Some Afghans fear the Pakistani government’s business-as-usual attitude could mean eventual repatriations, and its recent public messaging has done little to assuage their concerns.
“Pakistan has shouldered the responsibility of one of the largest and most protracted refugee situations in the world for over four decades. Pakistan continues to host more than three million Afghans,” Pakistan’s foreign ministry said in a statement on World Refugee Day last month. “There is a need for renewed international commitment, especially in the context of COVID-compounded socio-economic and health challenges, through regular, predictable and adequate financing for Afghan refugees including their safe and dignified return.”
The Afghan Taliban’s mediating role in peace negotiations between the Pakistani government and the Tehreek-e-Taliban Pakistan—a Taliban-allied insurgent group responsible for a series of attacks on the Pakistani security forces—further incentivizes Pakistan to maintain friendly relations with its neighbor. In an effort to toe the line between playing nice with the Taliban and upholding international obligations to refugees, Pakistani government officials have sought to offer a way station for refugees, not a final destination.
Following pressure from the U.S. government, Pakistani Prime Minister Shehbaz Sharif announced that the government had approved a program to grant Afghan nationals short-term transit visas while their visas are processed in third countries, adding that the “international community should also lend a helping hand to [the] people of [Afghanistan].” But given major backlogs in U.S. and international asylum programs amid dual crises in Afghanistan and Ukraine, experts consider the visas’ 30-day duration far too short.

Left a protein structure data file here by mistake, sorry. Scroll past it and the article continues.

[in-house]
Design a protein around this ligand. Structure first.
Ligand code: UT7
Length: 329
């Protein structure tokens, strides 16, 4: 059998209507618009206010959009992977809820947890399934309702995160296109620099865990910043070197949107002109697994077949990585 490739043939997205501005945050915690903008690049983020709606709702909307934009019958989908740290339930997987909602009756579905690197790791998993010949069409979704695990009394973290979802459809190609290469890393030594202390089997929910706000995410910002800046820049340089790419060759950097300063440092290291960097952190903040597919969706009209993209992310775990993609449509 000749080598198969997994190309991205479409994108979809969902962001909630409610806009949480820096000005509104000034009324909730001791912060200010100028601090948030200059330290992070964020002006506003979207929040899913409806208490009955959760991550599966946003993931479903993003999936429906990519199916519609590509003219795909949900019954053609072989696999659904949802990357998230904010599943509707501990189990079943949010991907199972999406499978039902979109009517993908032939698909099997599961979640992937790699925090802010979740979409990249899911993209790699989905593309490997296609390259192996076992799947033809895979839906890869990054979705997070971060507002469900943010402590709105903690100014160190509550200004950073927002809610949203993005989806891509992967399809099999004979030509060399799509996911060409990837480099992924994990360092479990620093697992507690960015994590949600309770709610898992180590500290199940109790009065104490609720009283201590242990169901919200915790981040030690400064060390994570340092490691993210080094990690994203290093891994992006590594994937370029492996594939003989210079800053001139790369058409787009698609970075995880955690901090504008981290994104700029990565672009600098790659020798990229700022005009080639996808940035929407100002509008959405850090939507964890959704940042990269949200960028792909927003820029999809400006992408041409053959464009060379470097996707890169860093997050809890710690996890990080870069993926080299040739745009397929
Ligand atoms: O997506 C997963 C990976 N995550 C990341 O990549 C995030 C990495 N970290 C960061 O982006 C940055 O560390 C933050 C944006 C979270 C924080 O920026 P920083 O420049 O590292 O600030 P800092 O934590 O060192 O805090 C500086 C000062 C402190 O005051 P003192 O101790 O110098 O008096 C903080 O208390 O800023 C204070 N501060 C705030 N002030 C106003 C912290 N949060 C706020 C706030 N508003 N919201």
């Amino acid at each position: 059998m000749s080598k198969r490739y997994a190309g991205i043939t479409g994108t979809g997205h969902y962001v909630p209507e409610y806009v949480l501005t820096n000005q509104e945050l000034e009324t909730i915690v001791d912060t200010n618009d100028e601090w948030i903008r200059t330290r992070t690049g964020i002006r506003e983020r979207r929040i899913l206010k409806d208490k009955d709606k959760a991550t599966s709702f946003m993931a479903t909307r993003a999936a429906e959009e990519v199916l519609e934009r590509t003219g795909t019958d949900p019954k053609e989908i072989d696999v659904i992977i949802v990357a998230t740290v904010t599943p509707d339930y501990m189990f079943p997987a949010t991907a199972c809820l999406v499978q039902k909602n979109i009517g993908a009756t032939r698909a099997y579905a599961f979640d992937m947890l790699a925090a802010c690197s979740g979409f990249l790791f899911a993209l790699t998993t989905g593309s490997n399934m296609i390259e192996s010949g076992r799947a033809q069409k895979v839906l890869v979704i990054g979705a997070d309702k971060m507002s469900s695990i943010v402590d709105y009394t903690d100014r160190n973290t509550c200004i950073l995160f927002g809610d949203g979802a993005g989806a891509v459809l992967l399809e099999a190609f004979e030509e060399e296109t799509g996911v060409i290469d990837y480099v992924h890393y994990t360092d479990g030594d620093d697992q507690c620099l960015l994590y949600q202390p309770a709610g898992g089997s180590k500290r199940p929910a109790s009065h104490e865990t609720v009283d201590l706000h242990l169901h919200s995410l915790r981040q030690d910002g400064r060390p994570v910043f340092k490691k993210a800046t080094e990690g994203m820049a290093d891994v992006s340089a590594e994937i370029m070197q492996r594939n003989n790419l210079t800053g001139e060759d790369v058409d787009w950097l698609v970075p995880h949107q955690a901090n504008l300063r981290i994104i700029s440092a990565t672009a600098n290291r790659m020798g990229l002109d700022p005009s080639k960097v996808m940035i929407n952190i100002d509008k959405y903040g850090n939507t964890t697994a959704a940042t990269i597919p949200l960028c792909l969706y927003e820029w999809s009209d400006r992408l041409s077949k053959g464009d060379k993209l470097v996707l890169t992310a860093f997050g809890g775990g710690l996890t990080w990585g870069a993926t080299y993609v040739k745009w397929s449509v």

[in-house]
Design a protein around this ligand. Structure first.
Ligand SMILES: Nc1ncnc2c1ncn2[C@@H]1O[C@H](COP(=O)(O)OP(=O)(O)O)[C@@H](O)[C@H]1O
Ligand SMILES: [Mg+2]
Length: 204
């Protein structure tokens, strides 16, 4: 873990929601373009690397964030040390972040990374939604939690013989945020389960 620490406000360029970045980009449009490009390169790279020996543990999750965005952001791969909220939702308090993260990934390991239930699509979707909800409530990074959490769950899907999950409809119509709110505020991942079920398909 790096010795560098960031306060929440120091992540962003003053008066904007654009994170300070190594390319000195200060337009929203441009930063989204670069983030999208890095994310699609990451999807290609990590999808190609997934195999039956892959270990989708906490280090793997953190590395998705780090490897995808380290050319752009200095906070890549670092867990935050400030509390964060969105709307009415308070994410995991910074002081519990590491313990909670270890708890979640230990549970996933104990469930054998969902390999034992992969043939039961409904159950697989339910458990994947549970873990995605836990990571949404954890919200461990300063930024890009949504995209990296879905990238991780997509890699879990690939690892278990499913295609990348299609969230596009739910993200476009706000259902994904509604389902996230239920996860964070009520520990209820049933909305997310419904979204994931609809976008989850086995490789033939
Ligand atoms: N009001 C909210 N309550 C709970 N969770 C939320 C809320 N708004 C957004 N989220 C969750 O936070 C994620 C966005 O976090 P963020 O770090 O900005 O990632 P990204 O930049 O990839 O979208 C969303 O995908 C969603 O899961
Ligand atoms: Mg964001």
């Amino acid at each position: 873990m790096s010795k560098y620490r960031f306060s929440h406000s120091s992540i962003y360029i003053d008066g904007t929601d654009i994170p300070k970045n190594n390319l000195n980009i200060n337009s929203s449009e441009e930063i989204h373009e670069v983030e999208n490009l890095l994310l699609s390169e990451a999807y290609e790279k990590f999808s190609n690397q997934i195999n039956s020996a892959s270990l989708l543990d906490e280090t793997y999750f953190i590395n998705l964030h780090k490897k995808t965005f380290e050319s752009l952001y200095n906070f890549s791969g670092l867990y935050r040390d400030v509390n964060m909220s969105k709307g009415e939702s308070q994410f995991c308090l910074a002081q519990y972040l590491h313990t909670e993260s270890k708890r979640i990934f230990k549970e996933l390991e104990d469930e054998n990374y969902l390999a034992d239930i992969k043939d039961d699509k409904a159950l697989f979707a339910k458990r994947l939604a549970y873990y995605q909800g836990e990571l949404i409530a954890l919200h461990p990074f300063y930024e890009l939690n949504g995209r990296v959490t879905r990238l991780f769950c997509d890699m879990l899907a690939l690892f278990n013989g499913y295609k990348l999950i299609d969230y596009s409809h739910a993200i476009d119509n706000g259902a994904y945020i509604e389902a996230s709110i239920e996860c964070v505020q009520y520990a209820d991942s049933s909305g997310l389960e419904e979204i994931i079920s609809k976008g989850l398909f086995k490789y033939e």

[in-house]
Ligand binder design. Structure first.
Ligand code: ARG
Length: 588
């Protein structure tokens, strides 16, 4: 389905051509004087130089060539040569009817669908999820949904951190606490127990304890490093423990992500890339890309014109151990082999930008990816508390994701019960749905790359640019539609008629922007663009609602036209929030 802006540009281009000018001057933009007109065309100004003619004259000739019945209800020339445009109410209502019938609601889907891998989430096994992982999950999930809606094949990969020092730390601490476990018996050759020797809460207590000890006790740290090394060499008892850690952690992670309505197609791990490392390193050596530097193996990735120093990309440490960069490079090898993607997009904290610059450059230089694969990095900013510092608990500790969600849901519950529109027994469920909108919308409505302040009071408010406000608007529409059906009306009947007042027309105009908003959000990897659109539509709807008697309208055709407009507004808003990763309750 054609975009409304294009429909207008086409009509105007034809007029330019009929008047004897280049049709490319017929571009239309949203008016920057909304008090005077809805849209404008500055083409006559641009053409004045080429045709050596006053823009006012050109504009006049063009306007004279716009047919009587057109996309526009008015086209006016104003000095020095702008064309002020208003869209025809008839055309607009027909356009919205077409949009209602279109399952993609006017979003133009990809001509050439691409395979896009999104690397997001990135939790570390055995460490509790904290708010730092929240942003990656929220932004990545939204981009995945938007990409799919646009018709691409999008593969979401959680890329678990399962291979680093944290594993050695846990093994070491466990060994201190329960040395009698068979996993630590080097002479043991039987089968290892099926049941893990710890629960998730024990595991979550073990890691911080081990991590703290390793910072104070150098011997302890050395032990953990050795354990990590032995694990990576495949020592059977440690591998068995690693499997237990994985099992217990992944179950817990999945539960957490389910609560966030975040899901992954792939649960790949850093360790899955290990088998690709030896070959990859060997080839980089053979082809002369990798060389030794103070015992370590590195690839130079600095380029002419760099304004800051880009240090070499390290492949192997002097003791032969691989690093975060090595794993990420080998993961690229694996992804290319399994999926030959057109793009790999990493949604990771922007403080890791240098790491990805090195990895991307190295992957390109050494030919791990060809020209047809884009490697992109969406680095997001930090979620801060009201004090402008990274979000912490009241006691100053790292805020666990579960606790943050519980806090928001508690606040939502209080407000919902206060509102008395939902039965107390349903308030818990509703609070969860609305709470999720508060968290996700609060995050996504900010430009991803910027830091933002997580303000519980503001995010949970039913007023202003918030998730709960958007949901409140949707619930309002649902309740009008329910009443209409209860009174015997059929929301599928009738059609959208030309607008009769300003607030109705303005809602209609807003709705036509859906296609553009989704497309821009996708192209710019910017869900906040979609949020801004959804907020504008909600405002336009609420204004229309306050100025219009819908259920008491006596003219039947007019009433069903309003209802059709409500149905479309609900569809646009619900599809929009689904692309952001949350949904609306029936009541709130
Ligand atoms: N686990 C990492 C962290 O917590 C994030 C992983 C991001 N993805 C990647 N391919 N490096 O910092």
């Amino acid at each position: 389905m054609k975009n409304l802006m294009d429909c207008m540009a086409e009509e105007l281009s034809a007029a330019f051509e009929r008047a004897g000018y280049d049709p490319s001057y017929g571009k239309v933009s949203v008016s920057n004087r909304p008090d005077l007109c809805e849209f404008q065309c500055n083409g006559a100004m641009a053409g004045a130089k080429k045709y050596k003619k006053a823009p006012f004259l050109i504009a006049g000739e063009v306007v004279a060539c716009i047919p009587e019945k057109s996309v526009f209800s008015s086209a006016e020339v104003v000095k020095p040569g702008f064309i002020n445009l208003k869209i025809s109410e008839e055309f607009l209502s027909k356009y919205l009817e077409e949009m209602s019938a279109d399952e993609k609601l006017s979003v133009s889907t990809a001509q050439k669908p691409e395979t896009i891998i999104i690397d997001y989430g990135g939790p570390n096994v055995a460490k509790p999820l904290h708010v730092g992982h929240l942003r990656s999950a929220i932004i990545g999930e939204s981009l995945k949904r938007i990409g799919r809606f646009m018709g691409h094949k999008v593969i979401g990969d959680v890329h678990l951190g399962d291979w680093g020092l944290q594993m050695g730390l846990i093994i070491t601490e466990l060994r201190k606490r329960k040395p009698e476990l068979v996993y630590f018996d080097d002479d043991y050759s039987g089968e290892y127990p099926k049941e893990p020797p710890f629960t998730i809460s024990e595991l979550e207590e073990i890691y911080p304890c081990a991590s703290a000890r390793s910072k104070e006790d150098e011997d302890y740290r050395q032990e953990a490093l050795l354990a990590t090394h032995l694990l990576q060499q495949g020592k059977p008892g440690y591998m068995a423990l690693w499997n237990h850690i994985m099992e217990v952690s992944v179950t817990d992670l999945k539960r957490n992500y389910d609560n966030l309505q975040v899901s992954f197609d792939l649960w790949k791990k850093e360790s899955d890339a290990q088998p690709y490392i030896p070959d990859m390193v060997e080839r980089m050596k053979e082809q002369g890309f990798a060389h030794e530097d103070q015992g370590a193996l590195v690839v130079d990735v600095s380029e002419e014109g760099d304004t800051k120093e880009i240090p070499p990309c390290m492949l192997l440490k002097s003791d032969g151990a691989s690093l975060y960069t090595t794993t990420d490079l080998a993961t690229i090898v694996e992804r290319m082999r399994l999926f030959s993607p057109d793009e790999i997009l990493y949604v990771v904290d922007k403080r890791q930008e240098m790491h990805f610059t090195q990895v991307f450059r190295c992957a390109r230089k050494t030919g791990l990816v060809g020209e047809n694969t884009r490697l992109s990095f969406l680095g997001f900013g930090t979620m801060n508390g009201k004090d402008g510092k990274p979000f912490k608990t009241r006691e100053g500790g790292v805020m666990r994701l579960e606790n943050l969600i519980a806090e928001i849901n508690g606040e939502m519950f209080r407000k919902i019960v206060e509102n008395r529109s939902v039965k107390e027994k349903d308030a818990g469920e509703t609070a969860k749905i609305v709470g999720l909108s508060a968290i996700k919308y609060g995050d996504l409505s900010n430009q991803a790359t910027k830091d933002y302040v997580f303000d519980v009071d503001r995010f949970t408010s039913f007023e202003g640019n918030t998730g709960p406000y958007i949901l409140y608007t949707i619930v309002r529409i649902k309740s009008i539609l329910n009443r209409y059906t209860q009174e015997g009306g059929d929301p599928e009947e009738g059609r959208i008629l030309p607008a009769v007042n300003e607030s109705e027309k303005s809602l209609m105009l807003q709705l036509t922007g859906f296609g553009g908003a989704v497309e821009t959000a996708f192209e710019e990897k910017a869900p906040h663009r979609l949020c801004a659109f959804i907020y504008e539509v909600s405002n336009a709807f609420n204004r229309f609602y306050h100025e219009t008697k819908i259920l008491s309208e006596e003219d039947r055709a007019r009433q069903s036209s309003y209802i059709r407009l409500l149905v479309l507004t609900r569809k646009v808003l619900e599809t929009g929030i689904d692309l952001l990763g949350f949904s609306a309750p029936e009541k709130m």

After the visas expire, Afghan citizens lose their refugee accreditation in Pakistan, making it difficult to find employment and housing. The undocumented refugees who do manage to secure either are often targets for exploitation by employers and tenants leveraging their legal status. Many public goods and services are also available only to Pakistani nationals. The government issues computerized national identity cards to Pakistani citizens 18 and older, effectively barring Afghans without proper credentials from doing things like opening a bank account, accessing public healthcare, and buying a cell phone.
“Pakistan wants Afghans to remain in Afghanistan. It doesn’t want them to become refugees in Pakistan,” the former Pakistani official explained. “They may not be picking them up and throwing them across the border, but what they are doing is creating circumstances for these people to just give up and go back.”
For the Hazara family sheltering outside of Islamabad, returning home would mean a life underground.
“Pakistan will someday have to recognize that the Taliban are not a force for good, and that people escaping it are bona fide refugees under international law,” Husain Haqqani, former Pakistani ambassador to the U.S. and current director for South & Central Asia at the Hudson Institute, told The Dispatch. “But so far, Pakistan is walking a tightrope of maintaining close relations with the Taliban while at the same time asserting that it’s fulfilling its international obligations.”